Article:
Fisher final candidate interviewed for city BOE

By Thomas Wilson
The Elizabethton Board of Education culminated the candidate interview process of its search for a new director of schools after speaking with Guy G. Fisher on Wednesday night.
Fisher presently serves as director of human resources with the Clarksville-Montgomery County School System. He spent 25 years in the Alaska public education system before moving to Clarksville in 1997.
During the interview, Fisher said his people skills are his greatest strength and emphasized his participation in educational programs, focusing on American Indian studies and Pacific Rim studies he developed during his career in Alaska. Fisher said he had extensive experience in labor negotiations as both a teacher and administrator and told the board he had no problem reigning them in or telling the facts they might not want to hear. He also felt education was a dynamic system that required evolved decisions by educators.
"Sometimes you have to go outside the box to do things," he said. "The system has changed and you have to change with it."
Fisher began his career in 1971 as a teacher in Anchorage, Alaska, spending three years in the classroom before being recruited into administration in 1974. He became assistant principal of Central High School in Anchorage and maintained administrative level positions of assistant principal and principal at several junior high school and high schools in Alaska.
He holds a master's degree in teaching from Alaska Pacific University and has a superintendent certification credential from the University of Alaska.
Fisher came to Tennessee in Feb. 1997 after retiring out of the Alaska public school system to become assistant principal at Northwest High School in Clarksville. He spent three years as principal of Montgomery Central High School in Clarksville before becoming director of secondary education with the system in June 2001. He became director of human resources with the system in July 2002.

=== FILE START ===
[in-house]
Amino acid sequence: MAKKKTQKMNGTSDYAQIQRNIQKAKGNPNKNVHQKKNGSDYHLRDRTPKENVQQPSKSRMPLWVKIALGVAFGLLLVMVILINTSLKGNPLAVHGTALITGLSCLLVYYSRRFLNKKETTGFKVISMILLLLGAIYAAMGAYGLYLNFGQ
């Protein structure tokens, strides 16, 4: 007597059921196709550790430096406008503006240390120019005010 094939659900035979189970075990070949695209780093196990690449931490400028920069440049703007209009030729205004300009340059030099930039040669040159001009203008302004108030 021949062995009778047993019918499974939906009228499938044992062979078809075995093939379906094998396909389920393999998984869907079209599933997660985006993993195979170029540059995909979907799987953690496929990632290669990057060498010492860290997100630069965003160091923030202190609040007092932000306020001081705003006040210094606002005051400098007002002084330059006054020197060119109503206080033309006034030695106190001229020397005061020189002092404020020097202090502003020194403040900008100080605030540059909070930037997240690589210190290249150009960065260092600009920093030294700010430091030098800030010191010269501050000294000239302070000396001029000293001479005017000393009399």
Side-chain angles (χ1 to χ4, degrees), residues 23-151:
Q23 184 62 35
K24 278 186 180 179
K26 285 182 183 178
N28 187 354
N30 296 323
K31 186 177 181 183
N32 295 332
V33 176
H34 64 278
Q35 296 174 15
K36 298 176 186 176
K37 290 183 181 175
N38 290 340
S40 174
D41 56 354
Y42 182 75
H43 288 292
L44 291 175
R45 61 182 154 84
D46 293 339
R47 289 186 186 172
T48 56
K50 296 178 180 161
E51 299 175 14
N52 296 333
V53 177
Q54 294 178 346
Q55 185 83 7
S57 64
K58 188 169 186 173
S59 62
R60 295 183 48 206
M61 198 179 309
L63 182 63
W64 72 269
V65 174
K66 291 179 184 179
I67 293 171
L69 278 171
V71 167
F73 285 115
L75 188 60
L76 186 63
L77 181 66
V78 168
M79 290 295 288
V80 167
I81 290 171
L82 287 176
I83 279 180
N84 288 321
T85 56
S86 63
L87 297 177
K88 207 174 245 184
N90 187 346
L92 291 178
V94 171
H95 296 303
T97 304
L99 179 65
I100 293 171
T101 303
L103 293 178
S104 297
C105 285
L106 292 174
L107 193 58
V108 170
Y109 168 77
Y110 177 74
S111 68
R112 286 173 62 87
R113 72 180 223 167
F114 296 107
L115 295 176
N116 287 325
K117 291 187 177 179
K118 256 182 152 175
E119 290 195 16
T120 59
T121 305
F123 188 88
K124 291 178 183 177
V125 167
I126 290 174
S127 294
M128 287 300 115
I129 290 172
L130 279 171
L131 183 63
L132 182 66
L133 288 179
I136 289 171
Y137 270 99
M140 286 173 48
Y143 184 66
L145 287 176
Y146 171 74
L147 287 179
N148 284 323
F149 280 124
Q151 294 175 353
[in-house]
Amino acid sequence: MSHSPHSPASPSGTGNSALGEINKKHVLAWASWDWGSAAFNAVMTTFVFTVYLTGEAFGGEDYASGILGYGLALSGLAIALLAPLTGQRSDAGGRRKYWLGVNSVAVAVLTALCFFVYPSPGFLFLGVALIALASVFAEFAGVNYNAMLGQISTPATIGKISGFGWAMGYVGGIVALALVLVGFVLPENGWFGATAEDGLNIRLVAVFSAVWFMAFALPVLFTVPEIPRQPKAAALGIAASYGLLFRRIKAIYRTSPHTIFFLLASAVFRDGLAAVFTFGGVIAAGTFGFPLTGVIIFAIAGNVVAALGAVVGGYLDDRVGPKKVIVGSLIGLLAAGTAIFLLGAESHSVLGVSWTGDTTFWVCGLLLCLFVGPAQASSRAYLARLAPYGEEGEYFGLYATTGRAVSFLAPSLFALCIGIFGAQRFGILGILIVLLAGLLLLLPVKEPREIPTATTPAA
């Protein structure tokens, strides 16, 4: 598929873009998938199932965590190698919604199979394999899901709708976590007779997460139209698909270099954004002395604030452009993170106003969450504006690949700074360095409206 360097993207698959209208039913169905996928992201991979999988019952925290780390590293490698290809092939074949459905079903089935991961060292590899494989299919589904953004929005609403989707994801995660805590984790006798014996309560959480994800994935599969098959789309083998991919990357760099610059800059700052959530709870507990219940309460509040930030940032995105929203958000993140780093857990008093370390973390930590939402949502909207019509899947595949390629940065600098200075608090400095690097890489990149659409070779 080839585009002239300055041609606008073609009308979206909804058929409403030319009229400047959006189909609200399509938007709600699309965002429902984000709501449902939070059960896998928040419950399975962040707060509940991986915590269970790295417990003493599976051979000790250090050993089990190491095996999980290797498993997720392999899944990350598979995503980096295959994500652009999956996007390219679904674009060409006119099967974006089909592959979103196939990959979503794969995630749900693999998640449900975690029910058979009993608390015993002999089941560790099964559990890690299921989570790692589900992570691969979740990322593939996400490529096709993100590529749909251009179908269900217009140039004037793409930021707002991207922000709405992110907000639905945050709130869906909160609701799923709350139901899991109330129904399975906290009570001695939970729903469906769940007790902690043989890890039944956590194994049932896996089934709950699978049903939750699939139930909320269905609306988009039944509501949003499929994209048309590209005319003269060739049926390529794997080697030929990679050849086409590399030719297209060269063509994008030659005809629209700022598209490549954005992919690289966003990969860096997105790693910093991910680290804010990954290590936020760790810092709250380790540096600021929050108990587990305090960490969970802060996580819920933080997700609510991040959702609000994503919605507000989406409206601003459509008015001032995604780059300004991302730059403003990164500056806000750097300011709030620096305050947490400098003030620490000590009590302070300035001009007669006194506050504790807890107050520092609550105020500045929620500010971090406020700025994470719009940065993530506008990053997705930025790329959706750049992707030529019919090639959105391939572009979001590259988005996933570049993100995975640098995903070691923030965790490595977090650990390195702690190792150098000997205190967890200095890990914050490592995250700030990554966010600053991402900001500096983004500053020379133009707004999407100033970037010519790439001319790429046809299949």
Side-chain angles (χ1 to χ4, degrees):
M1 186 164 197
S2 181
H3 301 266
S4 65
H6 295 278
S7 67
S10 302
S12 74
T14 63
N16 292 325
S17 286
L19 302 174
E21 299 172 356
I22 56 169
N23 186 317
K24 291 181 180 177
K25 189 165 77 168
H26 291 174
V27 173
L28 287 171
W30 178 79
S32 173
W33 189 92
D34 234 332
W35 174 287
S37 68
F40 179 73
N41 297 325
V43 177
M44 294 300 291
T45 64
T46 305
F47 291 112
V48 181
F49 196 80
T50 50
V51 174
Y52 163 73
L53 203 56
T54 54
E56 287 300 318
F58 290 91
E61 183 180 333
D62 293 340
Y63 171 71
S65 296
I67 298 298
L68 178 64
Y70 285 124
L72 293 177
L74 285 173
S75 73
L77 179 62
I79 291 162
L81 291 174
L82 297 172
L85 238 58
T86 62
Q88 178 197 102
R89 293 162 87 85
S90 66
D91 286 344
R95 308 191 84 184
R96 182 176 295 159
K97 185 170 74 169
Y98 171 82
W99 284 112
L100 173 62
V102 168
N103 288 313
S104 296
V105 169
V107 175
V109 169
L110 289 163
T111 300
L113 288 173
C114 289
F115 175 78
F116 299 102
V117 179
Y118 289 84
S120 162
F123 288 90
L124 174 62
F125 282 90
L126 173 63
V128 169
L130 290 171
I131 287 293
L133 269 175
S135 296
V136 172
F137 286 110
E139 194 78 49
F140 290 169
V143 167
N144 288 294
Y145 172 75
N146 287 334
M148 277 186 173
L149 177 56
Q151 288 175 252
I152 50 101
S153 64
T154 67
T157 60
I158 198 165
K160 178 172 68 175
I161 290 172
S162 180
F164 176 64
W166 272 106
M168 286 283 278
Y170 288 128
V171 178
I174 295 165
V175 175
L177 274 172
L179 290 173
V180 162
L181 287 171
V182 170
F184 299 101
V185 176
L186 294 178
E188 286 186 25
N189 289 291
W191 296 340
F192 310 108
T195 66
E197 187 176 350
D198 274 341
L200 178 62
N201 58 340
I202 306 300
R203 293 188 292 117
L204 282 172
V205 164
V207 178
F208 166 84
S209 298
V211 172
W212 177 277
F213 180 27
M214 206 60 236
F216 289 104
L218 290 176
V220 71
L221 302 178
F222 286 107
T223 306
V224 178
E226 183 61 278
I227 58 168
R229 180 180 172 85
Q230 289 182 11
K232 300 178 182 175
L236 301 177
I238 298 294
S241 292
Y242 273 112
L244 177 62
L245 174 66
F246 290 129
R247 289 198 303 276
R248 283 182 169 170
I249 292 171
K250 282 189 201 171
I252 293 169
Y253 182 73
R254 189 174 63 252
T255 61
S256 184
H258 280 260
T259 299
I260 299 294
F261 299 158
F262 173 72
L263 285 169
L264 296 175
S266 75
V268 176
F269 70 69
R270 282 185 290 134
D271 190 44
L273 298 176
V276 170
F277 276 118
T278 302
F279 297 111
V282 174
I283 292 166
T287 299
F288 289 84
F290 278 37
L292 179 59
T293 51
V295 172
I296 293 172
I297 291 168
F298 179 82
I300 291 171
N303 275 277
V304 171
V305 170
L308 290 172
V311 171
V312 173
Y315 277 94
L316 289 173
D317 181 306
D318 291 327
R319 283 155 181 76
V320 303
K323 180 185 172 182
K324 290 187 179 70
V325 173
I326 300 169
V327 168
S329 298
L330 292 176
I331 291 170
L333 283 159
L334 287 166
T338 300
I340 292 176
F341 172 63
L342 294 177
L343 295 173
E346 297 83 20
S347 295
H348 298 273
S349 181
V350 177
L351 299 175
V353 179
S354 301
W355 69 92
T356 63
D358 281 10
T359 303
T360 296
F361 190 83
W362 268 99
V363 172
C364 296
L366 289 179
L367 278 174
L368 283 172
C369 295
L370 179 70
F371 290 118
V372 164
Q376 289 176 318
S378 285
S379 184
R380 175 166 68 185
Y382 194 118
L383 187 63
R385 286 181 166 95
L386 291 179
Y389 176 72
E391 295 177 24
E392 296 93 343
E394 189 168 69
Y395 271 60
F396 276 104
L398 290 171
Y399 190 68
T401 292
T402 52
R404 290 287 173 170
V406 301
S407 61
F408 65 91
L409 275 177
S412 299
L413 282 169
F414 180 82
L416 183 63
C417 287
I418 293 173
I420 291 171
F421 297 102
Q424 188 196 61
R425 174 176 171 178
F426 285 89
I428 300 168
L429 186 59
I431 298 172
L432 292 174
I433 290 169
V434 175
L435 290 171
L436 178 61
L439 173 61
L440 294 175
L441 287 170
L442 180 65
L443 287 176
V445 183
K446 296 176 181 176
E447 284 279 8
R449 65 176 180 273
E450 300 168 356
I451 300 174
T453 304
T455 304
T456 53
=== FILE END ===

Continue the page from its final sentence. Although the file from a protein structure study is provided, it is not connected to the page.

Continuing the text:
He told the board that his research of Elizabethton's academic achievement and setting convinced him of the system's high standards, and said he feels he would be an excellent fit in the community. He also said his second stint in education had given him the chance to exercise his knowledge and enjoy education even more.
"The second time around is much better because you are working where you want to be," he said.
Fisher has perhaps the most classroom experience of any of the four candidates interviewed thus far. He spent three years as a teacher at one junior high school and two high schools in Anchorage. He has been an administrator at several elementary and high schools during his career, including holding the principal's job at Barrow High School in Barrow, Alaska. Fisher and his wife, Ora, who accompanied him to the interview, have five children.
The board previously interviewed candidates Dr. David M. Roper, Dr. John D. Payne, Dr. Richard McInturf before meeting with Fisher. Richard Culver has served as interim director since July.
Board Chairman Dr. Bob Sams said shortly after the interview ended that the board plans to narrow their list to two candidates and call a board meeting to determine the top finalists. The director will replace Dr. Judy Blevins who resigned in June.
The Tennessee School Boards Association culled five candidates for review by the board through its Superintendent Search Service. The TSBA search service also provides assistance in developing the contract for the new director, including salary and benefits. The two finalists could be selected by the first week of November.